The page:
Coffee Spotlight: Hopper Coffee [Chester]

Out shopping at the weekend in Chester and need a coffee stop? Soundsphere talk to Mark Higgins, owner of Hopper Coffee in Chester about his passion for coffee and what’s […]

Out shopping at the weekend in Chester and need a coffee stop? Soundsphere talk to Mark Higgins, owner of Hopper Coffee in Chester about his passion for coffee and what’s on his work playlist.

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S] How did you get into the hospitality industry?

M] I started filling fridges and collecting glasses at 15 in a local nightclub (which is now a bar and restaurant), and I’ve just worked in the hospitality industry since then. From working as a bar supervisor to working in pubs, I then went away to Australia and New Zealand to work for about 18 months. When I came back and went into the pub trade, I realised I wanted to start up something of my own, so it took me about 15 and a half years.

S] How helpful did you find the transition from working in large bars to running your own coffee shop?

M] I found it really helpful, people often go on about independent versus chain within the food industry, but working within chains you get a high level of access to back of house runnings. You learn about keeping wages in hand, keeping cost down, ordering stock, stock takes, managing at that level, so when you take that to independent places and you put the two together, it’s not a huge shock. It’s more of the ‘behind the behind the scenes’, so when you’re looking at things like company registration, taxes, VAT that’s the bit that’s a bit more intense.

S] Where has your passion from coffee come from?

M] With the food industry coffee is always there, it’s in bars and restaurants but it’s mostly forgotten. I think in the UK it’s coming back strong, through more independent and high street coffee shops, but particularly in Australia and New Zealand the focus there is not just on coffee but there’s a focus on all foods. So if you want a pizza you got to a pizza place, you want a burger you go to a burger place, and that’s the same with coffee shops. What they do is they focus in on it and make it the best they can possibly make it. I think we are slowly getting there, if you look at Chester, you’ve got a lot of independent places like pizza restaurants, so they’re the kind of focused operations that I think work really well.

S] How did your early career prepare you for running your own business?

M] I think it changes the way you focus your day, you’ve got to be proper organised. But in other ways it takes the stress off, you know what your consistency will be as you’re checking every level of quality control which you’re in charge of. It limits your days off, I get one day off a week, I take my Sundays and holidays are far and few between. Again because it is just me, I know all the people, I know my regulars really well. It does put a personal side back into it.

S] Can you tell me the best things about having this place? What are some of the day-to-day challenges of running a business?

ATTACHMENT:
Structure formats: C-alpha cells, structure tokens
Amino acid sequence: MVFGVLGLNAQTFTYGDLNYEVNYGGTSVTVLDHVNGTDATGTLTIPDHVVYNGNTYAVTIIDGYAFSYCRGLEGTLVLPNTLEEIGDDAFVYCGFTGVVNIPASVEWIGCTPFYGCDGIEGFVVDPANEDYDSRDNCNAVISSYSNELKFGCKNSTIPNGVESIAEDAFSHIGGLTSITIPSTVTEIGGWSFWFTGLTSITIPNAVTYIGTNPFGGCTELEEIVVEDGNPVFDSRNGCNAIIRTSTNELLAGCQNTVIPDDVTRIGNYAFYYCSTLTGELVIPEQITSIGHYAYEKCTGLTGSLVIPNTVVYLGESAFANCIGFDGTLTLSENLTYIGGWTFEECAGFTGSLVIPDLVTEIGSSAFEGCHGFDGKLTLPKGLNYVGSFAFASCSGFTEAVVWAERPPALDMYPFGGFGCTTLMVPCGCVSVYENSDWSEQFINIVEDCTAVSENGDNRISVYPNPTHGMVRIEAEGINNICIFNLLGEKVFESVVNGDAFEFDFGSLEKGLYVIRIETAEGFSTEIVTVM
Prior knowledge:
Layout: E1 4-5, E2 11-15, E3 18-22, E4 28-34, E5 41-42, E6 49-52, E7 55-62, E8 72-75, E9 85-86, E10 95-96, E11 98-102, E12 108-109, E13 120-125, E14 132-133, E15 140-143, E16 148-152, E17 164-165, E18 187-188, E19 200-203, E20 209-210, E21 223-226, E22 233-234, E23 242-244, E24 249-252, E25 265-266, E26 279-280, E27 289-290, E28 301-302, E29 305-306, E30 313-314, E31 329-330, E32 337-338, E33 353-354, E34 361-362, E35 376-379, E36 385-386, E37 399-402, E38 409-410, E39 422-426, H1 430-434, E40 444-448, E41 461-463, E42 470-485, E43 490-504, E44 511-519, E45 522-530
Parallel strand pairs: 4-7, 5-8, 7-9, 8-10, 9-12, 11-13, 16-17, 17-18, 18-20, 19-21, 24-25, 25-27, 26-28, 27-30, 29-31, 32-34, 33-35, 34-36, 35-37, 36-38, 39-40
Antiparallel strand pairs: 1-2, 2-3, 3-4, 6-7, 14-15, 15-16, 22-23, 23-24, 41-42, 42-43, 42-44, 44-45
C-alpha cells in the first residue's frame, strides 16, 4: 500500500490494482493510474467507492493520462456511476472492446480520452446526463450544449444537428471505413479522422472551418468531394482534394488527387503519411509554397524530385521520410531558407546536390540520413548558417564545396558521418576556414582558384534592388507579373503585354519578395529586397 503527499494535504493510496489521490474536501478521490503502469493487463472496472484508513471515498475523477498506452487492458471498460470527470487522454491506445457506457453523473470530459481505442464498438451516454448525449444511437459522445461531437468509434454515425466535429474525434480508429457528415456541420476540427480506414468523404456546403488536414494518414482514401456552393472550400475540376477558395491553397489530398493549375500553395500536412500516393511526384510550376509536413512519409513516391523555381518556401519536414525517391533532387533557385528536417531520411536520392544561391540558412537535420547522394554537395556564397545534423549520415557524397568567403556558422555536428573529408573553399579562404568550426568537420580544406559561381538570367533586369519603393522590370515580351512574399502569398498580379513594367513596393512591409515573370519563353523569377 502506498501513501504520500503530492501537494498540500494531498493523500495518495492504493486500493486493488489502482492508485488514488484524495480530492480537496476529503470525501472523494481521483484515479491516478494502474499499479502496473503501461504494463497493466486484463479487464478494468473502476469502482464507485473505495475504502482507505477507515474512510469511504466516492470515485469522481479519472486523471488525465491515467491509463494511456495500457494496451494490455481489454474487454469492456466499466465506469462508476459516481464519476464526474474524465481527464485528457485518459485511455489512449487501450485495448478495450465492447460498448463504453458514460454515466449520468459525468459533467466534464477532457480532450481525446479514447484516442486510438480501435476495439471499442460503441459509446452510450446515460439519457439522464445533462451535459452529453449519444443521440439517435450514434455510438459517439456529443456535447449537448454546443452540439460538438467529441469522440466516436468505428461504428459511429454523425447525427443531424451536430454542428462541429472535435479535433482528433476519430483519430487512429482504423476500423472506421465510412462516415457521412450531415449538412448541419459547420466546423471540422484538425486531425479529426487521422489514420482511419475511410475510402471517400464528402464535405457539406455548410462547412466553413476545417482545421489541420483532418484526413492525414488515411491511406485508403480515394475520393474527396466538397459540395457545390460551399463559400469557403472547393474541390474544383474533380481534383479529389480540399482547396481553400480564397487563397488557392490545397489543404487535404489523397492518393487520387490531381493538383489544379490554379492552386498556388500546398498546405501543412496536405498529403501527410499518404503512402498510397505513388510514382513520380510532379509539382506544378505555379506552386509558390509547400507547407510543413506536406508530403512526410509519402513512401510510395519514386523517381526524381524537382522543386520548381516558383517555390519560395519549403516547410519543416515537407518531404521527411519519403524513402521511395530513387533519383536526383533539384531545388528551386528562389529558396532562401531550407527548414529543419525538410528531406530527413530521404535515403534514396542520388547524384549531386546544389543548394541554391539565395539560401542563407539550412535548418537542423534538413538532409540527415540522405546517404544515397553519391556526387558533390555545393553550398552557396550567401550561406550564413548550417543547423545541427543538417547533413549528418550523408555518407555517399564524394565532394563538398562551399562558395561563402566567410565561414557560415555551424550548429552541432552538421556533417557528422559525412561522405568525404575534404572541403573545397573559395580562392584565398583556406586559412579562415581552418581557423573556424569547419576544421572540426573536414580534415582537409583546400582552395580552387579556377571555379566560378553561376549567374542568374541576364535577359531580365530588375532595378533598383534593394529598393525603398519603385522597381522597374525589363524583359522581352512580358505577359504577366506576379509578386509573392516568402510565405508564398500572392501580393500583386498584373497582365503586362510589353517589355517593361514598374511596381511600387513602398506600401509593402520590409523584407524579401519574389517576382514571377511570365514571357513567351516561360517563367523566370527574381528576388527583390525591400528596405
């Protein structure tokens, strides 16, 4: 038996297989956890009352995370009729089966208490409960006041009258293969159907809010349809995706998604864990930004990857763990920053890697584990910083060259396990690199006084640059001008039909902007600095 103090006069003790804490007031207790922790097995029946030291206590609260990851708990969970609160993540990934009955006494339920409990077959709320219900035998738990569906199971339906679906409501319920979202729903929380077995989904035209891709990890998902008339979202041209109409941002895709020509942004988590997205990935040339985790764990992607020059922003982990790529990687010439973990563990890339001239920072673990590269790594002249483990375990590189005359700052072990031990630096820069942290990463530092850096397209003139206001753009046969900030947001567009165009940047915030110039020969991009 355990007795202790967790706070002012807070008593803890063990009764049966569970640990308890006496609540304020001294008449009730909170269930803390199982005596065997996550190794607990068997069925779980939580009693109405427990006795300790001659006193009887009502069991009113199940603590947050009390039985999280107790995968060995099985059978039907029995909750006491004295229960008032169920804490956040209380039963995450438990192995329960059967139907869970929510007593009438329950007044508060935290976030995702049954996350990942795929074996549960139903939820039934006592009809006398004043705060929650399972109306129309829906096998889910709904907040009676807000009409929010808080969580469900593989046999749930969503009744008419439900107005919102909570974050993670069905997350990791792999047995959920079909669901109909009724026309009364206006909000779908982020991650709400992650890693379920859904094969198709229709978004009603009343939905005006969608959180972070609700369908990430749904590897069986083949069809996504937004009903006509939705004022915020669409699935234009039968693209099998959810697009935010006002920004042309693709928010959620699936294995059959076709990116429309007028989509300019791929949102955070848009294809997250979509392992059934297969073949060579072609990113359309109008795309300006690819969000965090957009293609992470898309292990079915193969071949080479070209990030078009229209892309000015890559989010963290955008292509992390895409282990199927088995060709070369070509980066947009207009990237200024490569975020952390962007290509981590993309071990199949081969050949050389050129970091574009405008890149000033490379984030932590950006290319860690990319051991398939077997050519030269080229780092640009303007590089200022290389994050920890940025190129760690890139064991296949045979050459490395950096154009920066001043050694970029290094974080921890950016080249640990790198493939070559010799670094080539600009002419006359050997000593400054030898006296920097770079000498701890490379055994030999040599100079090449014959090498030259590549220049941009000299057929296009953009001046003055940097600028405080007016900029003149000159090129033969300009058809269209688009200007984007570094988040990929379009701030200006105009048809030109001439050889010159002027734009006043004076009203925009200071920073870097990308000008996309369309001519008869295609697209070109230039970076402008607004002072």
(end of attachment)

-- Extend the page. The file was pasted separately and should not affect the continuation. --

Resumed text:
M] I think the best part of it is especially with a city like Chester, it’s big enough to have stuff going on, but it’s small enough to find out about it. So the coffee shop is a perfect place to find out what’s going on, you meet people that are doing things and pushing things forward. You hear about new projects, we have new magazines, the new Storyhouse is opening, you always know what’s going on and you can get involved. People are attracted to that, so everybody ends up in coffee shops and bars, and they talk about what’s going on and they help each other.

The hardest thing as far as business is concerned, is anywhere, not just in Chester, commercial property costs money, and we’ve found somewhere affordable but it’s not on the main street. Again, because I’m on my own I have to arrange the social media and advertising, that’s another thing you’ve really got to focus on. Getting yourself known is the hard part.

S] What are the best things about Chester for you?

M] I think the best thing is the people in it. I think the average age seems to be going down, we’ve got a lot more students in, we draw live music and we use the facilities that are around. I think that we’re almost coming out of a bit of a nostalgic focus on the things that were, and now we’re looking at the things that can be and the possibilities around the city. The new Storyhouse is great and I think what’s going on at the Live Rooms and music events like Chester Live and Brook Street Festival is really good. I think it’s almost like an anti-historical timeline, there’s things in Chester that need to be protected and there’s things that need to be pushed forward. There’s a new magazine Tortoise out and the quality of it is unbelievable, it’s by young people, photographers, writers, artists and musicians. It’s there and when it’s all brought together and showcased then that’s when Chester really shows off.

S] What is some of your favourite music?

M] Music does affect the way you work, so for me, I’ve got a few playlists that I fall back on. One of them is that golden Manchester era, kind of late 80s/early 90s, Stone Roses, New Order, The Smiths, that kind of time when Manchester was dominating music. A lot of the late 60s/early 70s stuff is great for the coffee shop, but I always think if I had to listen to anything for the rest of my life it would be the first Stone Roses album.

Interview: Dom Smith | Transcription: Tori Erskine

About Tori Erskine

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